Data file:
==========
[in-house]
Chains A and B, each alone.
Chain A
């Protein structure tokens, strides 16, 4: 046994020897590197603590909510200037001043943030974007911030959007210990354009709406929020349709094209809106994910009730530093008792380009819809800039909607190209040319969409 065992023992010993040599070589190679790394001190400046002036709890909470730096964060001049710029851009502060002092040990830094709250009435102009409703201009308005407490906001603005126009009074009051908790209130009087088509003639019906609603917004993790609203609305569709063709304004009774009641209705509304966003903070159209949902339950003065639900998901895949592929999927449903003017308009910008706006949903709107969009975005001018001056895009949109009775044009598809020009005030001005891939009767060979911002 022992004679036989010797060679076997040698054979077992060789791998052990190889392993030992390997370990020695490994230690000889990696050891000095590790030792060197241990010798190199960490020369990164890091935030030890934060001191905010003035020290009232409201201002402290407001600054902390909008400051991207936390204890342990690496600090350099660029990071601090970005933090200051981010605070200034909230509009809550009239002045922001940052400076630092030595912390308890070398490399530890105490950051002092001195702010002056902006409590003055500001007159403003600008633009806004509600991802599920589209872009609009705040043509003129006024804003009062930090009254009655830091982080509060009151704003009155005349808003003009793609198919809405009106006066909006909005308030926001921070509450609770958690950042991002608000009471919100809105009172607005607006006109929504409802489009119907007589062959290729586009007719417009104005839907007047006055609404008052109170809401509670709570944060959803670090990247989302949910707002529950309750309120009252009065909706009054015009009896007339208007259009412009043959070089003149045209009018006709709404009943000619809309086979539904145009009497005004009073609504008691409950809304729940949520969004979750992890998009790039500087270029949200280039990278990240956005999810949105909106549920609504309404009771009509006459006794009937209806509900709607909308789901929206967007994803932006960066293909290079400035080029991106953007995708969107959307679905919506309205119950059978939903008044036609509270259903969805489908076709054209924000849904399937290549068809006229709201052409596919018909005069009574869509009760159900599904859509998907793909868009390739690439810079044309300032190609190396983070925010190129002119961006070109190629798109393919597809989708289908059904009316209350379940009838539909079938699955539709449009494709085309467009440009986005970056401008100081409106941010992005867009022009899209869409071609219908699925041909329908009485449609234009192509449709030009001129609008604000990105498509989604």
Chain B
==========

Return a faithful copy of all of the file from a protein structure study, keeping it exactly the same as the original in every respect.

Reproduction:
[in-house]
Chains A and B, each alone.
Chain A
């Protein structure tokens, strides 16, 4: 046994020897590197603590909510200037001043943030974007911030959007210990354009709406929020349709094209809106994910009730530093008792380009819809800039909607190209040319969409 065992023992010993040599070589190679790394001190400046002036709890909470730096964060001049710029851009502060002092040990830094709250009435102009409703201009308005407490906001603005126009009074009051908790209130009087088509003639019906609603917004993790609203609305569709063709304004009774009641209705509304966003903070159209949902339950003065639900998901895949592929999927449903003017308009910008706006949903709107969009975005001018001056895009949109009775044009598809020009005030001005891939009767060979911002 022992004679036989010797060679076997040698054979077992060789791998052990190889392993030992390997370990020695490994230690000889990696050891000095590790030792060197241990010798190199960490020369990164890091935030030890934060001191905010003035020290009232409201201002402290407001600054902390909008400051991207936390204890342990690496600090350099660029990071601090970005933090200051981010605070200034909230509009809550009239002045922001940052400076630092030595912390308890070398490399530890105490950051002092001195702010002056902006409590003055500001007159403003600008633009806004509600991802599920589209872009609009705040043509003129006024804003009062930090009254009655830091982080509060009151704003009155005349808003003009793609198919809405009106006066909006909005308030926001921070509450609770958690950042991002608000009471919100809105009172607005607006006109929504409802489009119907007589062959290729586009007719417009104005839907007047006055609404008052109170809401509670709570944060959803670090990247989302949910707002529950309750309120009252009065909706009054015009009896007339208007259009412009043959070089003149045209009018006709709404009943000619809309086979539904145009009497005004009073609504008691409950809304729940949520969004979750992890998009790039500087270029949200280039990278990240956005999810949105909106549920609504309404009771009509006459006794009937209806509900709607909308789901929206967007994803932006960066293909290079400035080029991106953007995708969107959307679905919506309205119950059978939903008044036609509270259903969805489908076709054209924000849904399937290549068809006229709201052409596919018909005069009574869509009760159900599904859509998907793909868009390739690439810079044309300032190609190396983070925010190129002119961006070109190629798109393919597809989708289908059904009316209350379940009838539909079938699955539709449009494709085309467009440009986005970056401008100081409106941010992005867009022009899209869409071609219908699925041909329908009485449609234009192509449709030009001129609008604000990105498509989604």
Chain B